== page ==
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U.S. Is Vulnerable To Waves, Too

Tsunami scientists and public safety officials are closely watching an earthquake-prone nation with thousands of miles of crowded coastlines for signs of an imminent disaster.

Indonesia? Japan? Try the United States.

Experts say the West Coast could experience a calamity similar to the one they have been watching unfold half a world away.

"People need to know it could happen," said geologist Brian Atwater of the U.S. Geological Survey.

Scientists say grinding geologic circumstances similar to those in Sumatra also exist just off the Pacific Northwest coast. They are a loaded gun that could trigger a tsunami that could hit Northern California, Washington, Oregon and British Columbia in minutes — too fast for the nation's deep-sea tsunami warning system to help.

"Absolutely. It happened in the past and they will happen again in the future," says Florida Institute of Technology oceanography professor George Maul.

In fact, Atwater said there was a 9.0 earthquake under the Pacific more than 300 years ago that had devastating consequences. He and other scientists last year reported finding evidence of severe flooding in the Puget Sound area in 1700, including trees that stopped growing after "taking a bath in rising tide waters."

Maul says a tsunami is possible even on the East Coast.

"The tsunami risk in the Pacific is significantly higher, but about one-fourth of the earth's tsunamis occur in the Atlantic Ocean. Most people aren't aware of that," Maul told CBS News' The Early Show.

The danger rests just 50 miles off the West Coast in a 680-mile undersea fault known as the Cascadia subduction zone that behaves much like one that ruptured off Sumatra. The 1700 quake occurred along the Cascadia fault.

Scientists say a giant rupture along the fault would cause the sea floor to bounce 20 feet or more, setting off powerful ocean waves relatively close to shore. The first waves could hit coastal communities in 30 minutes or less, according to computer models.

Seattle, Vancouver, and other big cities in the region probably would be relatively protected from deadly flooding because of their inland locations. But other, smaller communities could be devastated.

And while buildings in the United States are far more solid than the shacks and huts that were obliterated in some of Asia's poor villages, few structures could withstand nearby tremors as powerful as those that occurred Sunday in Sumatra.

Moreover, such a quake would be way too close to shore for the nation's network of deep-sea wave gauges to be of any help.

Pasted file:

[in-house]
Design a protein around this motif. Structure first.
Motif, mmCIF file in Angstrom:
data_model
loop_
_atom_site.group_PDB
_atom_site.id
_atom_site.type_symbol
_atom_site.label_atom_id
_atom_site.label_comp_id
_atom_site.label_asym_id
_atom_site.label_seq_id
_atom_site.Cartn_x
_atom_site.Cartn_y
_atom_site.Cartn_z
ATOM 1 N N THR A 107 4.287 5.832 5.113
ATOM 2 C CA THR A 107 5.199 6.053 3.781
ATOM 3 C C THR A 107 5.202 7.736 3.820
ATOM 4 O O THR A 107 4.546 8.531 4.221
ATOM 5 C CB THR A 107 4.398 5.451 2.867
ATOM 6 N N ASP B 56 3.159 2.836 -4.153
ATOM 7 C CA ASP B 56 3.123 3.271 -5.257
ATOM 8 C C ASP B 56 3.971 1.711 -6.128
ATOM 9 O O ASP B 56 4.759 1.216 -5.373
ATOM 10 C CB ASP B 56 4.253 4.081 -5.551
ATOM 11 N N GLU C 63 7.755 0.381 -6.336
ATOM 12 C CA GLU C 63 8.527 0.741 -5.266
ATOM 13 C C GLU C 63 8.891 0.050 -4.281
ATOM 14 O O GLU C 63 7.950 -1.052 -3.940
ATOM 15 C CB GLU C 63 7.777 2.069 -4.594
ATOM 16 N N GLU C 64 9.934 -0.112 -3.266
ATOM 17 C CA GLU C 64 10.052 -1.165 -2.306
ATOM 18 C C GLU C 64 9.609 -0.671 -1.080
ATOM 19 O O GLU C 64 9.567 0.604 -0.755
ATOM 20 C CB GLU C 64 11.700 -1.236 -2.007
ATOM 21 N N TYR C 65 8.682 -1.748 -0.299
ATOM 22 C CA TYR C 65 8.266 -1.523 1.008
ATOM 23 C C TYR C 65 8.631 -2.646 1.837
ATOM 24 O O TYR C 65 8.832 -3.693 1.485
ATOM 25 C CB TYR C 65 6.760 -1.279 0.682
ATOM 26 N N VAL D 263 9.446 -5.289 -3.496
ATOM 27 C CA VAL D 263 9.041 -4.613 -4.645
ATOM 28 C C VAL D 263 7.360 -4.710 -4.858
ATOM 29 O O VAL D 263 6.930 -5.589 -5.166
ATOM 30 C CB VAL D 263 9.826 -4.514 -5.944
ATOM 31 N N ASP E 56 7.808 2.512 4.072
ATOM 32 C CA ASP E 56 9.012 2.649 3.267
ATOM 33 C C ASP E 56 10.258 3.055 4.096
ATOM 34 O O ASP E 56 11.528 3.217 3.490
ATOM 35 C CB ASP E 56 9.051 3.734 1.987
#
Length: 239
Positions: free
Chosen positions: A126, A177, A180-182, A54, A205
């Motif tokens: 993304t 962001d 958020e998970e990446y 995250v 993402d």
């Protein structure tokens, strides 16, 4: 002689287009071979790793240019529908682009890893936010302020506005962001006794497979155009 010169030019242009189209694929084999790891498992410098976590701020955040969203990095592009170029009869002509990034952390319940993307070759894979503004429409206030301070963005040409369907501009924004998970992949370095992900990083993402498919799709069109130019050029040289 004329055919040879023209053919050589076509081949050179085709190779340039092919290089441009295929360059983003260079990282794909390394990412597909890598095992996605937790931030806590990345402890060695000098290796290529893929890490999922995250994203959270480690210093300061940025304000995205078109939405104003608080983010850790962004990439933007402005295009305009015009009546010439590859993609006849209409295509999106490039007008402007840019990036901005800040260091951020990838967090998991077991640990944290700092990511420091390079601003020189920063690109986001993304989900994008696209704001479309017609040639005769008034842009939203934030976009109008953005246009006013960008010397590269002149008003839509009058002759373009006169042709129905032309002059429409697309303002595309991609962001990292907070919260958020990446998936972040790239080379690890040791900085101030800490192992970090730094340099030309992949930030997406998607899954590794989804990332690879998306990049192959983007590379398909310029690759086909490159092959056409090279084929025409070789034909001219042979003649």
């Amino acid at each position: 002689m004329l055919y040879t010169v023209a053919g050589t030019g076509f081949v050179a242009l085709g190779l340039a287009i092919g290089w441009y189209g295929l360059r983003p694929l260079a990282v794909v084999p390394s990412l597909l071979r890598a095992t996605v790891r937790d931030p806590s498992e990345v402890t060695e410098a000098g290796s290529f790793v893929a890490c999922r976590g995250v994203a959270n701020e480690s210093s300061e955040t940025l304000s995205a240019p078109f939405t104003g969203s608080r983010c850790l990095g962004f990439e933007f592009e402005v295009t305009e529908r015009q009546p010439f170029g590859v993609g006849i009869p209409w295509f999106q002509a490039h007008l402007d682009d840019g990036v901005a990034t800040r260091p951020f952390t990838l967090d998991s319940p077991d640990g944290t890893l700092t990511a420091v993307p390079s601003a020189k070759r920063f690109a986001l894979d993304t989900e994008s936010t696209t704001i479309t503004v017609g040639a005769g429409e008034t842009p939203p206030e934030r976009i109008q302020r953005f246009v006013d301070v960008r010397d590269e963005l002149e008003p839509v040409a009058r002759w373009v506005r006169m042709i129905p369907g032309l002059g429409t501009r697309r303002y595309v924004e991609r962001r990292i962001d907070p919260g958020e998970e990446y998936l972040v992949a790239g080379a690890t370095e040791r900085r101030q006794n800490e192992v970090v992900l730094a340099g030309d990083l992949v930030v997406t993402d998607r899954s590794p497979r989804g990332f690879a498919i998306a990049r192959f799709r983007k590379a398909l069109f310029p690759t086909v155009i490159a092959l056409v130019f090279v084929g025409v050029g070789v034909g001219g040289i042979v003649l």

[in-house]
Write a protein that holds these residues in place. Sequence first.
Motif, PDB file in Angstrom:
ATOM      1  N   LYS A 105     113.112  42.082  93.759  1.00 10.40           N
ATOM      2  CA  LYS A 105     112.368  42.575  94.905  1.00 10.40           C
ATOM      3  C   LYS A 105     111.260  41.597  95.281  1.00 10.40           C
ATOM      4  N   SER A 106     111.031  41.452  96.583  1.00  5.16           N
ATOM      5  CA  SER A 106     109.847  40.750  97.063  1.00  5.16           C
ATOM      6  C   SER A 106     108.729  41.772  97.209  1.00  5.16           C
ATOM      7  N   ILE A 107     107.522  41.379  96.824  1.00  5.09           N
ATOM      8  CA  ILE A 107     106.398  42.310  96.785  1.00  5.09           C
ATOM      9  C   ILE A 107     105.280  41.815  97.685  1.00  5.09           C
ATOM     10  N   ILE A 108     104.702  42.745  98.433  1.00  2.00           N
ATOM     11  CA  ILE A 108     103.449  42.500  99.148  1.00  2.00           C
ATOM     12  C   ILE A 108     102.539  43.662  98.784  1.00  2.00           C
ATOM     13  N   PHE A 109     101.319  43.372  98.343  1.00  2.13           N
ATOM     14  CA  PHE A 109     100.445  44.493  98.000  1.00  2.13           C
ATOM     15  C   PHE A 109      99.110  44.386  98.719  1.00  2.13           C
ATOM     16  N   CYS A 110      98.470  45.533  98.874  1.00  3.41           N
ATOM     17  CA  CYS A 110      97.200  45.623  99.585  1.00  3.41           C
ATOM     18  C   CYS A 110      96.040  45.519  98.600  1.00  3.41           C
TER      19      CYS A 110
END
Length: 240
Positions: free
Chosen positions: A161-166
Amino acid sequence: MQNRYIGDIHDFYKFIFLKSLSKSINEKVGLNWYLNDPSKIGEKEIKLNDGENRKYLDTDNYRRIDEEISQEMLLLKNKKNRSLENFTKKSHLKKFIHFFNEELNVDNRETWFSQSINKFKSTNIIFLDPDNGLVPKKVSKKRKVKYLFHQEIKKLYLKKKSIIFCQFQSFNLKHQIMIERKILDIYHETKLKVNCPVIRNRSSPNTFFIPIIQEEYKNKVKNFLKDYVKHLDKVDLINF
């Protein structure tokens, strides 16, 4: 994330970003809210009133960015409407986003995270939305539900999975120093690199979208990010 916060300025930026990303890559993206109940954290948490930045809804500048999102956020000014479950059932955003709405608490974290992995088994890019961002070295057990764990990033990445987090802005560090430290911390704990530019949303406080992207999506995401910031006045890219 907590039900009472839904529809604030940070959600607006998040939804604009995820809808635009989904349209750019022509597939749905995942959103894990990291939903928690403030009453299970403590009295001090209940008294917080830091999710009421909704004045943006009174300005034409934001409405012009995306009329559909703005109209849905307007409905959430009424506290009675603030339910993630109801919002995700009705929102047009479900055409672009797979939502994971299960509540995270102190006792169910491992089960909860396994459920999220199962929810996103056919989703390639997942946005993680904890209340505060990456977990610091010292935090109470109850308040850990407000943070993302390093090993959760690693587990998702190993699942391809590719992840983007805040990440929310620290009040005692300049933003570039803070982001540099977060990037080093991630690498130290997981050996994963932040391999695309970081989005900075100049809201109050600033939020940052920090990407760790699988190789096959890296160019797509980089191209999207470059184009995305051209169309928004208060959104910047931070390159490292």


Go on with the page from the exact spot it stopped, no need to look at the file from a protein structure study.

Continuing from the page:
"The warning system now is so good, we're very confident that we'll be able to get three hours warning," said Gerard Fryer, a geophysicist at the University of Hawaii who is also the tsunami adviser to the state Department of Civil Defense.

Maybe not. Even in the case of quakes happening farther out in the Pacific or in Alaska, the U.S. warning system might not be adequate.

The network — which consists of six deep-sea instruments in Alaska, Washington, Oregon and Hawaii and near the equator off the coast of Peru — is thin and scattered, and at least two of the gauges in Alaska are not even reporting daily wave readings. Also, predicting where a tsunami is likely to come ashore cannot be done with the kind of precision seen in hurricane forecasts.

Eddie N. Bernard, who directs the network for the National Oceanic and Atmospheric Administration, said the six sensors are the "bare minimum" for adequate warning. He said there are plans to expand the system to 20 sensors in the next five years, including 10 gauges for the seismically active Aleutian Islands.

Researchers in Seattle are working to develop a new forecasting system to better protect coastal communities from disasters like the magnitude 9.0 earthquake that struck near Indonesia on Sunday.

"Our goal is to have results (a tsunami prediction) in 15 minutes or less" after an earthquake, said Vasily Titov, a mathematician and computer modeler on an elite team of tsunami researchers at the National Oceanic and Atmospheric Administration's Pacific Marine Environmental Laboratory. The forecasting system could be tested within a year.

There wasn't a warning system in the Indian Ocean and there isn't one in the Atlantic either, however.

"We're building a rudimentary one for the Caribbean, for the U.S. Virgin Islands and Puerto Rico, but for the main Atlantic Ocean, there is nothing," said Maul. "The French and the Portuguese have taken the risk of the repeat of the 1755 Lisbon earthquake seriously enough to build a warning system for western Europe."

Still, an East Coast tsunami is considered extremely unlikely.

Some computer models suggest East Coast cities are vulnerable to a large tsunami if there were a huge volcanic eruption and landslide in the Canary Islands, off northwest Africa. But other researchers say such an event would happen only once in 10,000 years, and such a disruption is unlikely to occur all at once.

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